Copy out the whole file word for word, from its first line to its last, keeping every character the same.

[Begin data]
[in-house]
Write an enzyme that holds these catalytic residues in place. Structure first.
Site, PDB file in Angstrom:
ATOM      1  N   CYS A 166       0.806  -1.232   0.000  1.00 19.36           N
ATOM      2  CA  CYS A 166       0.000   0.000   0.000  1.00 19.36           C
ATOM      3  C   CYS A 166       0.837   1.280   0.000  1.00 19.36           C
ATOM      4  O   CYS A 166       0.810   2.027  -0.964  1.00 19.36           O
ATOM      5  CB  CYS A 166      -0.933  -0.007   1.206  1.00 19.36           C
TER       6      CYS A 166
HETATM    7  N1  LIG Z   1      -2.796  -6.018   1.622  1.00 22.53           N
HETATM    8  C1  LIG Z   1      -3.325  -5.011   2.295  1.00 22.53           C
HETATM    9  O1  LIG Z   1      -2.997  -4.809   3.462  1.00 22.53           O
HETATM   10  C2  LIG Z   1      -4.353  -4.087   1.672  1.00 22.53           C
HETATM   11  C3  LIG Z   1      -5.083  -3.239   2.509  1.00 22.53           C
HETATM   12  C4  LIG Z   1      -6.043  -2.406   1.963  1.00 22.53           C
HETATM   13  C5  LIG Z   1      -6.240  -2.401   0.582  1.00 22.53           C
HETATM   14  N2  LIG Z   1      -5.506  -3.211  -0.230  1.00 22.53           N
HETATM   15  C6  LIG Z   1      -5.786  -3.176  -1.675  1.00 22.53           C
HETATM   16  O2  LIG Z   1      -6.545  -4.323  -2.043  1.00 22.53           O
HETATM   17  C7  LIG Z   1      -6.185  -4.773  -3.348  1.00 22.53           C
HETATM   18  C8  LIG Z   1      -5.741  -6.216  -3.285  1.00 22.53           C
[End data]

[in-house]
Write an enzyme that holds these catalytic residues in place. Structure first.
Site, PDB file in Angstrom:
ATOM      1  N   CYS A 166       0.806  -1.232   0.000  1.00 19.36           N
ATOM      2  CA  CYS A 166       0.000   0.000   0.000  1.00 19.36           C
ATOM      3  C   CYS A 166       0.837   1.280   0.000  1.00 19.36           C
ATOM      4  O   CYS A 166       0.810   2.027  -0.964  1.00 19.36           O
ATOM      5  CB  CYS A 166      -0.933  -0.007   1.206  1.00 19.36           C
TER       6      CYS A 166
HETATM    7  N1  LIG Z   1      -2.796  -6.018   1.622  1.00 22.53           N
HETATM    8  C1  LIG Z   1      -3.325  -5.011   2.295  1.00 22.53           C
HETATM    9  O1  LIG Z   1      -2.997  -4.809   3.462  1.00 22.53           O
HETATM   10  C2  LIG Z   1      -4.353  -4.087   1.672  1.00 22.53           C
HETATM   11  C3  LIG Z   1      -5.083  -3.239   2.509  1.00 22.53           C
HETATM   12  C4  LIG Z   1      -6.043  -2.406   1.963  1.00 22.53           C
HETATM   13  C5  LIG Z   1      -6.240  -2.401   0.582  1.00 22.53           C
HETATM   14  N2  LIG Z   1      -5.506  -3.211  -0.230  1.00 22.53           N
HETATM   15  C6  LIG Z   1      -5.786  -3.176  -1.675  1.00 22.53           C
HETATM   16  O2  LIG Z   1      -6.545  -4.323  -2.043  1.00 22.53           O
HETATM   17  C7  LIG Z   1      -6.185  -4.773  -3.348  1.00 22.53           C
HETATM   18  C8  LIG Z   1      -5.741  -6.216  -3.285  1.00 22.53           C